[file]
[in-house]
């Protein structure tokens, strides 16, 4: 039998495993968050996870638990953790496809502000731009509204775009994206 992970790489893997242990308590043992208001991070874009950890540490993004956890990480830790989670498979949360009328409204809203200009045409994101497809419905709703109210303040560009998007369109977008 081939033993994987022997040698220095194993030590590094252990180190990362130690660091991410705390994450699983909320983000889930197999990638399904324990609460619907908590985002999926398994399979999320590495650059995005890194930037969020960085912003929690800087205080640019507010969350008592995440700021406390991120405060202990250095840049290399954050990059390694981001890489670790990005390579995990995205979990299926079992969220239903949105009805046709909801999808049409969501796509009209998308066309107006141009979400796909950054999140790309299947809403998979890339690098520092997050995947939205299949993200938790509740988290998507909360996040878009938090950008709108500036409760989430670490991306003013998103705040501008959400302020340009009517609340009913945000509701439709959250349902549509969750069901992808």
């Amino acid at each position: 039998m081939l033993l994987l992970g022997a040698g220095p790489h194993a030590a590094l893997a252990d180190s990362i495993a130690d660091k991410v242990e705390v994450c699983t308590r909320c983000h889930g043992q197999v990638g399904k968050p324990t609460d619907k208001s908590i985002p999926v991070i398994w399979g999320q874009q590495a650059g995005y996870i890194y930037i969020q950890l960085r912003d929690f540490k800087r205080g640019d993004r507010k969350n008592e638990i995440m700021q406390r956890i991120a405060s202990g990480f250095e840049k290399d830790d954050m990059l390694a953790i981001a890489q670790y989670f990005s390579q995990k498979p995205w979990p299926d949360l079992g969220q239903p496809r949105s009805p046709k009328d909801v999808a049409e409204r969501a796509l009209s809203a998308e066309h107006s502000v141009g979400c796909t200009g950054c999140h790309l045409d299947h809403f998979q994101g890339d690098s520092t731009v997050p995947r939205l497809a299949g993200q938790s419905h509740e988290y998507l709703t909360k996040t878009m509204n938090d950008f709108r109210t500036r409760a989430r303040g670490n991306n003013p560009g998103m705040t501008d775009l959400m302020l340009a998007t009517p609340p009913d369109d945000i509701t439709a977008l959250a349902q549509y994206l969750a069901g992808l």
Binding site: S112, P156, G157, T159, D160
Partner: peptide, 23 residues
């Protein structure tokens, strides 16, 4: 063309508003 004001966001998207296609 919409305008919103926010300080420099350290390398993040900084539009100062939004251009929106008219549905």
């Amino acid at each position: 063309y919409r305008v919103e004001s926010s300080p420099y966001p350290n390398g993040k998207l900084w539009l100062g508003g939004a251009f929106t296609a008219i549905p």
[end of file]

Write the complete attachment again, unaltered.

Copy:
[in-house]
């Protein structure tokens, strides 16, 4: 039998495993968050996870638990953790496809502000731009509204775009994206 992970790489893997242990308590043992208001991070874009950890540490993004956890990480830790989670498979949360009328409204809203200009045409994101497809419905709703109210303040560009998007369109977008 081939033993994987022997040698220095194993030590590094252990180190990362130690660091991410705390994450699983909320983000889930197999990638399904324990609460619907908590985002999926398994399979999320590495650059995005890194930037969020960085912003929690800087205080640019507010969350008592995440700021406390991120405060202990250095840049290399954050990059390694981001890489670790990005390579995990995205979990299926079992969220239903949105009805046709909801999808049409969501796509009209998308066309107006141009979400796909950054999140790309299947809403998979890339690098520092997050995947939205299949993200938790509740988290998507909360996040878009938090950008709108500036409760989430670490991306003013998103705040501008959400302020340009009517609340009913945000509701439709959250349902549509969750069901992808």
């Amino acid at each position: 039998m081939l033993l994987l992970g022997a040698g220095p790489h194993a030590a590094l893997a252990d180190s990362i495993a130690d660091k991410v242990e705390v994450c699983t308590r909320c983000h889930g043992q197999v990638g399904k968050p324990t609460d619907k208001s908590i985002p999926v991070i398994w399979g999320q874009q590495a650059g995005y996870i890194y930037i969020q950890l960085r912003d929690f540490k800087r205080g640019d993004r507010k969350n008592e638990i995440m700021q406390r956890i991120a405060s202990g990480f250095e840049k290399d830790d954050m990059l390694a953790i981001a890489q670790y989670f990005s390579q995990k498979p995205w979990p299926d949360l079992g969220q239903p496809r949105s009805p046709k009328d909801v999808a049409e409204r969501a796509l009209s809203a998308e066309h107006s502000v141009g979400c796909t200009g950054c999140h790309l045409d299947h809403f998979q994101g890339d690098s520092t731009v997050p995947r939205l497809a299949g993200q938790s419905h509740e988290y998507l709703t909360k996040t878009m509204n938090d950008f709108r109210t500036r409760a989430r303040g670490n991306n003013p560009g998103m705040t501008d775009l959400m302020l340009a998007t009517p609340p009913d369109d945000i509701t439709a977008l959250a349902q549509y994206l969750a069901g992808l």
Binding site: S112, P156, G157, T159, D160
Partner: peptide, 23 residues
């Protein structure tokens, strides 16, 4: 063309508003 004001966001998207296609 919409305008919103926010300080420099350290390398993040900084539009100062939004251009929106008219549905």
């Amino acid at each position: 063309y919409r305008v919103e004001s926010s300080p420099y966001p350290n390398g993040k998207l900084w539009l100062g508003g939004a251009f929106t296609a008219i549905p």